Developing for Microsoft doesn't just mean writing code for Windows anymore. In fact, after a few relatively quiet years for Microsoft Certified Professional Developer (MCPD) credential holders, the job market is heating up. While many jobs for professionals with MCPD training involve maintaining custom software, many Microsoft developers now work on projects designed to move data from legacy systems into more flexible online applications.
MCPD certification includes desktop, Web, and cloud
For years, earning an MCPD certification required dedication to the Wintel platform and the drive to develop custom code for employers and clients. The Internet continues to reshape the job market for coders, especially for developers who write desktop tools that must now interface with remote databases and online APIs. Microsoft certified programmers who use the latest versions of its Visual Studio development suite and its SharePoint collaboration server:
- Windows Developer 4. Programmers writing software for use on Windows desktops, utilizing the latest .NET framework.
- Web Developer 4. Specialists who rely on Microsoft's ASP.NET server tools to drive interactive Web-based applications.
- Windows Azure Developer. Coders who want to migrate application development and data storage to Microsoft's cloud computing platform.
- SharePoint Developer 2010. Programmers using Microsoft's collaboration server to help teams distribute and discuss crucial documents.
In addition, Microsoft maintains support for MCPD certifications related to every platform the company currently supports. At this writing, Microsoft still validates professionals working in Visual Studio 2008 and Visual Studio 2005. Since many large companies migrate their systems slowly, employers often prefer to hire developers with experience supporting multiple generations of Redmond's operating systems and development suites.
Job outlook for graduates of MCPD training programs
Microsoft certified professional developer training qualifies software developers for roles in many large companies that rely on Windows and SharePoint. Banks, law firms, and health care companies top the lists of employers tracked by Microsoft Certified Professional Magazine and other industry observers. Although the U.S. Bureau of Labor Statistics predicts a booming job market for generalist computer programmers, MCPD training can help candidates qualify for competitive positions that pay 10 to 20 percent higher than the median salary for all developers.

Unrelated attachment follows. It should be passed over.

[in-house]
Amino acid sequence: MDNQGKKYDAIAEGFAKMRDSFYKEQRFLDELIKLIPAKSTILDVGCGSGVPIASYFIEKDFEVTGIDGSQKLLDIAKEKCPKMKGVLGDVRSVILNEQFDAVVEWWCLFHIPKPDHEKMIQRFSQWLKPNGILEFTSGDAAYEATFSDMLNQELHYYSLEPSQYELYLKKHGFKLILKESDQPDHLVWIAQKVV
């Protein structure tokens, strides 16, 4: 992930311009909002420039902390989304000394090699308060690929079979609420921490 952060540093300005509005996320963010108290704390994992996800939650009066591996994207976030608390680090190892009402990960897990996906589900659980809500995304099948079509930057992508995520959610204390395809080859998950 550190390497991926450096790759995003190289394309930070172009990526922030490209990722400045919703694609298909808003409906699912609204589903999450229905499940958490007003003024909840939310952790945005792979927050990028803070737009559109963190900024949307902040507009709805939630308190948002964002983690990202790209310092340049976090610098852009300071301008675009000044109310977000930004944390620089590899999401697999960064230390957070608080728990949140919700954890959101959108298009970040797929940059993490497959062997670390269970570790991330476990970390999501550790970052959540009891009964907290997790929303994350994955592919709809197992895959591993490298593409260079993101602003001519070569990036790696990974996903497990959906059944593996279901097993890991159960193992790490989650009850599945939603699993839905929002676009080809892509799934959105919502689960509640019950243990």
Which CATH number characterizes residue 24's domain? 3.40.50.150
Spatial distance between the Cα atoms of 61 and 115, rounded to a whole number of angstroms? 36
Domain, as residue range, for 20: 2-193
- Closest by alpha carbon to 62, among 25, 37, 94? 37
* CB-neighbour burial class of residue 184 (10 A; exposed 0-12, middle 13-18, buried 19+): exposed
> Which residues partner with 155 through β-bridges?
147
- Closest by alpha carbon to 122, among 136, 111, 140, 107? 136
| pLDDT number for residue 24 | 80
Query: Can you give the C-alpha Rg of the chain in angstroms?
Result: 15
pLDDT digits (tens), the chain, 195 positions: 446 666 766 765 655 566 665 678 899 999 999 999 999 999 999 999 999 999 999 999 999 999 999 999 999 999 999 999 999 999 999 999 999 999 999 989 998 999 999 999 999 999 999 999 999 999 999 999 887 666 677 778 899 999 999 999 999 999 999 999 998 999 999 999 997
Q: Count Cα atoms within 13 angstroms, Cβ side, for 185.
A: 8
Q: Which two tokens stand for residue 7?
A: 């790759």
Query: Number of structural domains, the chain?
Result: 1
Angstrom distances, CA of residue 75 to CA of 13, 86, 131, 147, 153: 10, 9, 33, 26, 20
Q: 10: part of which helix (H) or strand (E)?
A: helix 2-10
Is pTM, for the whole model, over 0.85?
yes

According to the editors of MCP Magazine, MCPDs often quietly support the work of project managers in medium and large organizations. Although project managers usually get the bulk of the credit for successful projects, many MCPDs earn salaries close to those of their non-developer managers. In fact, the magazine's most recent salary survey shows that some professionals with Microsoft Certified Professional Developer certifications actually earn a few thousand dollars more than their supervisors. Both types of IT professional, however, earn close to six-figure salaries.
On the other hand, analysts at Foote Partners note a divergence between employers who require MCPD certification for new hires and those who will settle for IT professionals with demonstrated coding skills. Although the pay gap between the two types of workers continues to narrow, hiring managers still look for evidence that candidates have completed at least some MCPD training programs. Many more employers offer fee and tuition reimbursement for MCPD certification exams as a professional development perk. Either way, hiring managers demand demonstrated experience and a portfolio of work product that reflects exposure to MCPD training.